In November 2018, the then Defence Secretary Gavin Williamson announced that Army chiefs were drafting a zero-tolerance drug policy that would see soldiers caught using illegal substances, immediately dismissed and banned from rejoining or enlisting in the reserves. This new policy was bought in as, in his words:
“The use of such substances is incompatible with military service and has no place in our Armed Forces.”
For the most part, it’s hard to disagree with Gavin Williamson on this: Recreational drug use falls well outside of the values and standards expected of our troops and a hard-lined approach is needed if you want to deter would-be substance abusers and ensure that those standards are upheld. But the problem with a zero-tolerance policy is that it takes away a commanding officer’s ability to look at each case objectively and consider the reasons behind a soldier falling below the mark.
Drug use isn’t always cocaine off of a key in a festival portaloo. Sometimes it is non-prescribed medication to help with an inability to sleep or a way to make the nightmares stop. Sometimes it’s steroids or similar so you can stop being the only member of the platoon who can’t get up the rope. The temporary high might be the only escape from the depression and anxiety experienced after kinetic operations.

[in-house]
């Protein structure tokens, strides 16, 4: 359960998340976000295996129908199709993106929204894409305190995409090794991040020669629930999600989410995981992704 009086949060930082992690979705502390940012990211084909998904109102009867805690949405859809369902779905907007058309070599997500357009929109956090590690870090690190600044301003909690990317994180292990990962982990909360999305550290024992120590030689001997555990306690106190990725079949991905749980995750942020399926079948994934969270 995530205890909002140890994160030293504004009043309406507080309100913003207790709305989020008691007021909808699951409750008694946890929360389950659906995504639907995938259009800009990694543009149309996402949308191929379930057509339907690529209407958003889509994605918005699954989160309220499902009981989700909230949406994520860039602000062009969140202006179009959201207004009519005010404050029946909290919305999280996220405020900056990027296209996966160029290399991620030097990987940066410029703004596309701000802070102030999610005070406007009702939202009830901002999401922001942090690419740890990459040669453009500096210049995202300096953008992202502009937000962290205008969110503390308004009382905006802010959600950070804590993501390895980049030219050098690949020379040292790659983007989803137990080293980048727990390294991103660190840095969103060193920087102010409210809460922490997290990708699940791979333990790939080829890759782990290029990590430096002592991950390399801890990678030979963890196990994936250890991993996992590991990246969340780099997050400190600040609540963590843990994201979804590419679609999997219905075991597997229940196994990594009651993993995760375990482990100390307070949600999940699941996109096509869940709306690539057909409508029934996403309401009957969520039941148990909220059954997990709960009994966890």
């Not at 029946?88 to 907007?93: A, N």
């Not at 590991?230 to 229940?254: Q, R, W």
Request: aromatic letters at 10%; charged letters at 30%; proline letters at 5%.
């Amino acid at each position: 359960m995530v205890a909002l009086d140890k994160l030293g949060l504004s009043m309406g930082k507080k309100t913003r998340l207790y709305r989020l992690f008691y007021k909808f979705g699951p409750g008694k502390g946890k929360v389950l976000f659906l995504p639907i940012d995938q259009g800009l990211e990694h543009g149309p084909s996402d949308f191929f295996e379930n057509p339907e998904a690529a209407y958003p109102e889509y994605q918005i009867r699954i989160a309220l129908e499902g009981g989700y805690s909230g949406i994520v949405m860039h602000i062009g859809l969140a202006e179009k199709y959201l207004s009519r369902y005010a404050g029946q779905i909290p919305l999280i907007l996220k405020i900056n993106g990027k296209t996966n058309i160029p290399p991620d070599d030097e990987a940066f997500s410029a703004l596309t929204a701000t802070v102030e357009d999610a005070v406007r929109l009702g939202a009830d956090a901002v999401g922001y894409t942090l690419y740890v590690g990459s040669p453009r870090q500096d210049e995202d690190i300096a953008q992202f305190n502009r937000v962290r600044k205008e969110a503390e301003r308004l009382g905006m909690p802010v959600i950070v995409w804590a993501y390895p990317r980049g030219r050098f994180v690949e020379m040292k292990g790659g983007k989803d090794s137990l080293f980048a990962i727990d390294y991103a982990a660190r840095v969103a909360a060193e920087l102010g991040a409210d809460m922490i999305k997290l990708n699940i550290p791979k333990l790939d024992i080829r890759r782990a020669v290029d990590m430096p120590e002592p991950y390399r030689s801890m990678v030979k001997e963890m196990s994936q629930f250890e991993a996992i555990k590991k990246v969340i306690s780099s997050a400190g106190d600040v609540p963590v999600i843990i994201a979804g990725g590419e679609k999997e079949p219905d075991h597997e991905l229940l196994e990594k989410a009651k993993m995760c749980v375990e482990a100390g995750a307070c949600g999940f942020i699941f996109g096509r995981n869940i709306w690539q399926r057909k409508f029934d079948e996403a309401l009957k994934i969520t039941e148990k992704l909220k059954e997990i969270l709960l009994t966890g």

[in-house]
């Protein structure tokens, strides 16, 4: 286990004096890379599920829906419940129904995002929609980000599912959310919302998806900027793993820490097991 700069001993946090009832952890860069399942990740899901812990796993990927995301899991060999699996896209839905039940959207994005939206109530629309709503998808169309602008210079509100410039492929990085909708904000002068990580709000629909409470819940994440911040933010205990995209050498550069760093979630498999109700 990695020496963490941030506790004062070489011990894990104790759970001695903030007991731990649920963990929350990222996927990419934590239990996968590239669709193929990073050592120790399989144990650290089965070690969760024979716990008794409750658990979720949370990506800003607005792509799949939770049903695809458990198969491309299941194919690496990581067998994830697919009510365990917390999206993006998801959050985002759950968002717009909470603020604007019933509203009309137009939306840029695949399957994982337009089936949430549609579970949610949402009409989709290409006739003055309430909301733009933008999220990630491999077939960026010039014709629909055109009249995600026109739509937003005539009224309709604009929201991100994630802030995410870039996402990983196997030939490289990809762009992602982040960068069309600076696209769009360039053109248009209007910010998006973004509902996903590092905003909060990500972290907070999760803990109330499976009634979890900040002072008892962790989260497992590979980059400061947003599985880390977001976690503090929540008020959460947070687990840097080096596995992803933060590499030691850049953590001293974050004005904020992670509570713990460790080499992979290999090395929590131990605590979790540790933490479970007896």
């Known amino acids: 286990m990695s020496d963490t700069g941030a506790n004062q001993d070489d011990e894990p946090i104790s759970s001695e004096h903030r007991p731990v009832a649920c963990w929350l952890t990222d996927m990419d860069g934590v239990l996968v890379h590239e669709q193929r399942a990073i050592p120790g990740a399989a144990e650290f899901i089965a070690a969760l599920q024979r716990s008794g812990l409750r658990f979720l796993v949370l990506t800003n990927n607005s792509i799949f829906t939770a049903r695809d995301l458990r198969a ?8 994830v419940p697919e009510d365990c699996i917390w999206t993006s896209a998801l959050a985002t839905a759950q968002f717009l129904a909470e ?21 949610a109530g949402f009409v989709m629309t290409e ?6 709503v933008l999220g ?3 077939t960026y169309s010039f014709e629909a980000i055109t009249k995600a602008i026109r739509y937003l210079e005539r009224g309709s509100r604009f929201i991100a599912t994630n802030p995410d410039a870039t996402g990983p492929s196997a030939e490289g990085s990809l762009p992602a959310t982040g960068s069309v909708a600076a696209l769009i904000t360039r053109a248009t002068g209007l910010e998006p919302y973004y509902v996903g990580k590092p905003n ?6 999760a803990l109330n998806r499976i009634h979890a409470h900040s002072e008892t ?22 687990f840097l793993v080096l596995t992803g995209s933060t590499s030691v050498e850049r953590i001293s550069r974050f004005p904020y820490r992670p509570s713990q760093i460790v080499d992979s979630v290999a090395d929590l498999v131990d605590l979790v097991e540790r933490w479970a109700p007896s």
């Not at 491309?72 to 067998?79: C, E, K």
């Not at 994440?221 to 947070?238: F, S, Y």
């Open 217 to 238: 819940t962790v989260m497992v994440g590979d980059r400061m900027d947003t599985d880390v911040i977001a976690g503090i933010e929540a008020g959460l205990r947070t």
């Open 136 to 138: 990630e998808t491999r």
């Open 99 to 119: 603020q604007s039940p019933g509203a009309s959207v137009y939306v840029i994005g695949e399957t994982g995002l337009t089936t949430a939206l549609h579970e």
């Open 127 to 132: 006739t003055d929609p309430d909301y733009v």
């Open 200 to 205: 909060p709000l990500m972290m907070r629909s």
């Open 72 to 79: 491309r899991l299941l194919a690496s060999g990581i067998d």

Do we not owe it to review each case individually and ask the question, what made this soldier turn to drugs? Because if it is as a coping mechanism for an underlying service related mental health issue such as PTSD, anxiety or depression, then surely duty of care requires us to treat, support and rehabilitate, rather than just dismiss?
Fast forward to present day and Ben Wallace, the new Defence Minister has announced that he is scrapping the zero-tolerance approach outlined by Mr Williamson. His reasons were some people were just “young and irresponsible” and it should be down to their commanding officers to decide whether they should remain in the Army or not.
There’s something we’re in wholehearted agreement on. This seems like a much more sensible approach. Our hope is that commanding officers will go one step further and not just assess whether someone falls into two boxes: irresponsible or drug addict. Our hope is that commanding officers will ask the harder questions.
What made you turn to drugs?
What more could we as your superiors, have done to support the underlying issues?
What can we do now we’re aware of the problem?
What is the best course of action for YOU as an individual?
It costs a serious chunk of taxpayer’s money to train a soldier to a standard ready to fight for their country. It doesn’t make sense to dismiss them for drug use as a rule. There has to be a level of common sense thinking when looking at each case.
If we continue to force drug users out of the Armed Forces without asking the questions above, we’re creating a breeding ground for deeply ingrained untreated mental health issues among our veteran community. We’re pushing more traffic onto understaffed, under-resourced civilian mental health pathways and increasing the likelihood that something that could have been treated in service ends in the worst kind of way.
So we’re kicking off the week leading up to World Mental Health Day with a big thank you to Ben Wallace MP for giving commanding officers the power to ask the hard questions on drug use and the reasons behind it.